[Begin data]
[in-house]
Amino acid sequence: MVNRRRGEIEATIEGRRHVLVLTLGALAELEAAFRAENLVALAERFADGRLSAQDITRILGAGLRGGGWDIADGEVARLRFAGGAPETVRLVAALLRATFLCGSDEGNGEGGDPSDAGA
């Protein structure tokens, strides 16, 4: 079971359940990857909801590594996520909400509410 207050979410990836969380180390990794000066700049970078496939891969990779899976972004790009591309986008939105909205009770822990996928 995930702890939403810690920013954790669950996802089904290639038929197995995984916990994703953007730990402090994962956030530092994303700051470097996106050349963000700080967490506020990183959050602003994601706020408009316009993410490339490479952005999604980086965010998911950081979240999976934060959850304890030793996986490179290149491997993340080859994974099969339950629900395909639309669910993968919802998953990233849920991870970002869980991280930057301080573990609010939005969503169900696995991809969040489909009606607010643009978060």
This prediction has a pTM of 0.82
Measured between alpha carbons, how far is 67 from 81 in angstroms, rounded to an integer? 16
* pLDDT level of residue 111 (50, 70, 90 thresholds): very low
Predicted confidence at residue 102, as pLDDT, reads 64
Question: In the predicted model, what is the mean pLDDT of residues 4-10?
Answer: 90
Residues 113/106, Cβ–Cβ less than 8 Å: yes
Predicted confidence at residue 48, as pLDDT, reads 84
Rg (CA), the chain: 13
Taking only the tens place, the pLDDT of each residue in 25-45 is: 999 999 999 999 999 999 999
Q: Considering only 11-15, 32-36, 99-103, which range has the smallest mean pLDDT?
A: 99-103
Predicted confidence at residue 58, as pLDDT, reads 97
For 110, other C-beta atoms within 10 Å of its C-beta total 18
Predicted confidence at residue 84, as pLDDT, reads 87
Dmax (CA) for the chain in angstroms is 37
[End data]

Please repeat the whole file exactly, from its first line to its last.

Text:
[in-house]
Amino acid sequence: MVNRRRGEIEATIEGRRHVLVLTLGALAELEAAFRAENLVALAERFADGRLSAQDITRILGAGLRGGGWDIADGEVARLRFAGGAPETVRLVAALLRATFLCGSDEGNGEGGDPSDAGA
């Protein structure tokens, strides 16, 4: 079971359940990857909801590594996520909400509410 207050979410990836969380180390990794000066700049970078496939891969990779899976972004790009591309986008939105909205009770822990996928 995930702890939403810690920013954790669950996802089904290639038929197995995984916990994703953007730990402090994962956030530092994303700051470097996106050349963000700080967490506020990183959050602003994601706020408009316009993410490339490479952005999604980086965010998911950081979240999976934060959850304890030793996986490179290149491997993340080859994974099969339950629900395909639309669910993968919802998953990233849920991870970002869980991280930057301080573990609010939005969503169900696995991809969040489909009606607010643009978060």
This prediction has a pTM of 0.82
Measured between alpha carbons, how far is 67 from 81 in angstroms, rounded to an integer? 16
* pLDDT level of residue 111 (50, 70, 90 thresholds): very low
Predicted confidence at residue 102, as pLDDT, reads 64
Question: In the predicted model, what is the mean pLDDT of residues 4-10?
Answer: 90
Residues 113/106, Cβ–Cβ less than 8 Å: yes
Predicted confidence at residue 48, as pLDDT, reads 84
Rg (CA), the chain: 13
Taking only the tens place, the pLDDT of each residue in 25-45 is: 999 999 999 999 999 999 999
Q: Considering only 11-15, 32-36, 99-103, which range has the smallest mean pLDDT?
A: 99-103
Predicted confidence at residue 58, as pLDDT, reads 97
For 110, other C-beta atoms within 10 Å of its C-beta total 18
Predicted confidence at residue 84, as pLDDT, reads 87
Dmax (CA) for the chain in angstroms is 37